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How a Federal Interest Rate Change May Impact the Housing Market

Jul 30, 2015

There are signs the Federal Reserve, after nearly six years of keeping interest rates down will soon increase the Federal Funds Rate.
Some people believe it will happen this September while others predict later in the year. Whether sooner or later, an interest rate increase is bound to happen.

When the Federal Reserve, currently chaired by Janet Yellen does act, there will be an impact on the housing market. Currently, the market in Los Angeles is tight. Inventory is low, home prices are up, and competition is fierce. If interest rates rise, mortgage rates might also be affected. But, as Mortgage Expert Dan Green notes, it’s not actually the Federal Reserve Committee that determines mortgage interest rates but Wall Street.

So, although lending may become more difficult if Wall Street acts when the Federal Funds rate changes, there could be some positive effects on the housing market overall.

The Signal of a Reviving Economy

The Federal Reserve Committee has policy meetings scheduled for September 16th and 17th. Since December of 2008, interest rates have been held at near-zero levels. When the recession hit, the government wanted to ease financial burdens and make it easier to lend. As the Los Angeles Times Reports, at the Last Federal Reserve committee meeting in July, members indicated they are closer to moving the interest rate up. However, the commission is still wary as inflation has not hit its target and an “economic slowdown” in China could “pose risks” to our economy.

If the commission does decide to increase the rate–inevitable, sooner or later– undoubtedly it will signal that the Federal government is confident in economic growth. Confidence is key in any market. Those who are cash flushed or who have consistently put money away in savings stand to gain if interest rates go up. Confidence in the market could lead to looser lending practices and more people who will be confident to buy.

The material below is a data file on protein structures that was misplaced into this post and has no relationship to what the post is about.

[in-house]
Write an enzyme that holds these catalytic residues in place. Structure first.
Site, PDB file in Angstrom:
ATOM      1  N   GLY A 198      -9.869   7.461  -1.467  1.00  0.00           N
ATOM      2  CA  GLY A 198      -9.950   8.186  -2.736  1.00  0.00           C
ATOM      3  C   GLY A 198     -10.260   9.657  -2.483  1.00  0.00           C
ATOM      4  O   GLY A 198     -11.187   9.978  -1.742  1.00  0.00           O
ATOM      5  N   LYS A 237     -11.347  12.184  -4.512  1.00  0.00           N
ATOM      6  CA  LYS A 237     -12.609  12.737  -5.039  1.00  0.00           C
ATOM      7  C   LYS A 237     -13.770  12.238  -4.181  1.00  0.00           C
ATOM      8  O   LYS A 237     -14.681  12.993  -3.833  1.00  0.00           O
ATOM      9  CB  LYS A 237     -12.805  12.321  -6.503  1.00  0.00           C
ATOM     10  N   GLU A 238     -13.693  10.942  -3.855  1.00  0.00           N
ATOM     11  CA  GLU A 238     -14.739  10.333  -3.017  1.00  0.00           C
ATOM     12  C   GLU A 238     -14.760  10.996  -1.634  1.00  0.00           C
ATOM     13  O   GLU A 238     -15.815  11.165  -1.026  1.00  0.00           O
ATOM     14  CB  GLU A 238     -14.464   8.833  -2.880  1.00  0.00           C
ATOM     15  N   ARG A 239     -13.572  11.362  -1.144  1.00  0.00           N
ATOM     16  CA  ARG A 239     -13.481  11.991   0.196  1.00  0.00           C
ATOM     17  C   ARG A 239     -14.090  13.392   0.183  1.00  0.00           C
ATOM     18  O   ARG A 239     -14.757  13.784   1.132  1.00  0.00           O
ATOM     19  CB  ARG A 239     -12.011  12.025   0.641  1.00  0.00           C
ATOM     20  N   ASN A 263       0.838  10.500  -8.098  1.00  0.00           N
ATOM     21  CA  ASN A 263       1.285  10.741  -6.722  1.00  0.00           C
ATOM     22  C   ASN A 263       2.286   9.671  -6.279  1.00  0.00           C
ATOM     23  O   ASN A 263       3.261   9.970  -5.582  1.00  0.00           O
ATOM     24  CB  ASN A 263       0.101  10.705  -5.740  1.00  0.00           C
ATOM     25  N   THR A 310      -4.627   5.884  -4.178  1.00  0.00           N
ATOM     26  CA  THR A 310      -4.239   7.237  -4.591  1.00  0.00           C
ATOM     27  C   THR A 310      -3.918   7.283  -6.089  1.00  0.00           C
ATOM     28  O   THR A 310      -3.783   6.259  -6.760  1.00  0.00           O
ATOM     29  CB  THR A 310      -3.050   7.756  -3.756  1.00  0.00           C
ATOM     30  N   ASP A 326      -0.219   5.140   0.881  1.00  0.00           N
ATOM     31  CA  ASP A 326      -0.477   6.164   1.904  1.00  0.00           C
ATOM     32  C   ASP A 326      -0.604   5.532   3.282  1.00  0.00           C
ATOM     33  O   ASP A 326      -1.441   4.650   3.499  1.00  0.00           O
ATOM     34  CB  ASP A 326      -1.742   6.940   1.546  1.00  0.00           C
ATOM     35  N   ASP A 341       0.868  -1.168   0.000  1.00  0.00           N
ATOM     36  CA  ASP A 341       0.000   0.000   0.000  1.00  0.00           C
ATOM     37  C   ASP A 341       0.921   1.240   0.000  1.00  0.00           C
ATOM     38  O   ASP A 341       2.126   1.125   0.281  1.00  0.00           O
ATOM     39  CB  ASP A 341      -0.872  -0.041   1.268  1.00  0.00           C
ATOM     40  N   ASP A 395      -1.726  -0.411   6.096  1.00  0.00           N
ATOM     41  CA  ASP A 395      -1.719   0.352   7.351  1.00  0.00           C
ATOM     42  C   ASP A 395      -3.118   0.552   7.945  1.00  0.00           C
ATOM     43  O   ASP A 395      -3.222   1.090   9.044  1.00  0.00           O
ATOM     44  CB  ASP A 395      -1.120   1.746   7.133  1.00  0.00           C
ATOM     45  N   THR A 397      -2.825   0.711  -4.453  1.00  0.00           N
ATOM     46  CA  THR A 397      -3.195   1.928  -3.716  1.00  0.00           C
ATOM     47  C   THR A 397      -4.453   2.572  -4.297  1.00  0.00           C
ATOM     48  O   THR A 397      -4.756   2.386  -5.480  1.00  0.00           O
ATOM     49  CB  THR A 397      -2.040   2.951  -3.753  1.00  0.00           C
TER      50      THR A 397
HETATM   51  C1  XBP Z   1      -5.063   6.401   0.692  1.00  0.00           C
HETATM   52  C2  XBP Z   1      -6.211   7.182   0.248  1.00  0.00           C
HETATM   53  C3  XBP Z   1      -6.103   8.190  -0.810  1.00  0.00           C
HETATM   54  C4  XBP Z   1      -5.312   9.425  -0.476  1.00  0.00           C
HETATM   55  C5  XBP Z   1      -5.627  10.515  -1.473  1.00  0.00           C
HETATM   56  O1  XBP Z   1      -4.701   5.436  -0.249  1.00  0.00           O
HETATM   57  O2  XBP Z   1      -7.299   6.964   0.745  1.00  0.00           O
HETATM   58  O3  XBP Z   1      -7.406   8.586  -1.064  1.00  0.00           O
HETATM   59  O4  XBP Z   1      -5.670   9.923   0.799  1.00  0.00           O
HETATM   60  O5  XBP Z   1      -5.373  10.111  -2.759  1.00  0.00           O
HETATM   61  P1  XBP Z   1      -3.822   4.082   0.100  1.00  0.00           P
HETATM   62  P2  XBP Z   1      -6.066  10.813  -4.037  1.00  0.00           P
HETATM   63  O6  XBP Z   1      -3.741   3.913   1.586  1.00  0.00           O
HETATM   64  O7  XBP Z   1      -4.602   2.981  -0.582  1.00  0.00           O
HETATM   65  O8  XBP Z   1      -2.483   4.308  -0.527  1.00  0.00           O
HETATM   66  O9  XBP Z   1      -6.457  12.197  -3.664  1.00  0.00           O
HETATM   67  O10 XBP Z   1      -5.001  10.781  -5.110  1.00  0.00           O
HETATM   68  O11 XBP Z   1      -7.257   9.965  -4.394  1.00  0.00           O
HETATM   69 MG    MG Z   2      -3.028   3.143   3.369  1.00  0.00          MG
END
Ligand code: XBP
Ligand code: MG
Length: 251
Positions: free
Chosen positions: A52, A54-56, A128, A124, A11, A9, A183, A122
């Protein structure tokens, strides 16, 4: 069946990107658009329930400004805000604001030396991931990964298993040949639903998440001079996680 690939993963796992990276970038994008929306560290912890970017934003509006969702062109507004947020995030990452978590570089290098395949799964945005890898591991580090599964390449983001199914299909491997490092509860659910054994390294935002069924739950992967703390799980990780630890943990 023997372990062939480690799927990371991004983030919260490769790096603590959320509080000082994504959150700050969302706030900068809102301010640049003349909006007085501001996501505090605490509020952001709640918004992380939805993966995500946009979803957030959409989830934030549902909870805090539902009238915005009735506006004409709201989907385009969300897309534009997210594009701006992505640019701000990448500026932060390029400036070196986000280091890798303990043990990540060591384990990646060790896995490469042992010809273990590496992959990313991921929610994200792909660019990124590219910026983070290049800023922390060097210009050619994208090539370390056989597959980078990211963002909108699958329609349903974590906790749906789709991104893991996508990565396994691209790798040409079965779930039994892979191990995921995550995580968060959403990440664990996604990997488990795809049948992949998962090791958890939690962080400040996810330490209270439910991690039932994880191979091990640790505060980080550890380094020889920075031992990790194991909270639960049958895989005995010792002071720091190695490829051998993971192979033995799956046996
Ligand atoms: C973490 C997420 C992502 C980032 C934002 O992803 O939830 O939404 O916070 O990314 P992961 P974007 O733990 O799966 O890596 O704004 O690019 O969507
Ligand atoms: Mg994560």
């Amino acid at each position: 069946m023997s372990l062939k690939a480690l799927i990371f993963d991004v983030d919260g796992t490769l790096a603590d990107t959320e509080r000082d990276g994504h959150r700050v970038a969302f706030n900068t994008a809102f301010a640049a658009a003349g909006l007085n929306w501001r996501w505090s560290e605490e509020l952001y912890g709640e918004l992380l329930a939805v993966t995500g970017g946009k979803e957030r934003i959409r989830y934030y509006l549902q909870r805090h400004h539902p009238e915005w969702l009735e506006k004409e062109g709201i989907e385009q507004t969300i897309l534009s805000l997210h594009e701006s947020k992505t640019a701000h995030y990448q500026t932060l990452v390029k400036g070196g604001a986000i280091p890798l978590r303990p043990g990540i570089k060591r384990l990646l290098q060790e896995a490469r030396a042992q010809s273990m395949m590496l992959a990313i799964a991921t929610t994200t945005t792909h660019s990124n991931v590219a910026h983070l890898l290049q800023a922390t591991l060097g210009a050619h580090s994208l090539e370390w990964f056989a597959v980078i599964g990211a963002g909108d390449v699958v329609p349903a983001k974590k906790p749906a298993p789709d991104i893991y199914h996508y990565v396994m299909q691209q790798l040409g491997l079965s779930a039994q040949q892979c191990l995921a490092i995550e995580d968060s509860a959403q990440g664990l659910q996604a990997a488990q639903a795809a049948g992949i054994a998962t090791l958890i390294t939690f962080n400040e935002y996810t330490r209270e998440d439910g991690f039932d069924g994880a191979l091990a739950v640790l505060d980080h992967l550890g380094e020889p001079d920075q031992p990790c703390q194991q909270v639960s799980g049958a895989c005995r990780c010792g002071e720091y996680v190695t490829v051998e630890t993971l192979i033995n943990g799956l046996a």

Buying and Selling

Mortgage rates may go up when interest rates go up; which in turn, might affect home prices. And while lower prices might be good for some buyers, undervaluation could be a concern for people looking to sell.

The main thing to remember is that even though interest rates remain at historic lows, there are many other factors to take into consideration if you anticipate moving.

If the Federal Reserve decides to act, whether now or a short while from now, any increase will most likely be conservative. Hopefully, it will encourage more confidence in the American market; leading to more movement in the real estate industry.

If you are looking to buy or sell or are thinking about it and have questions, reach out to me: 310-906-4600. photo credit: Red Box House via photopin (license)

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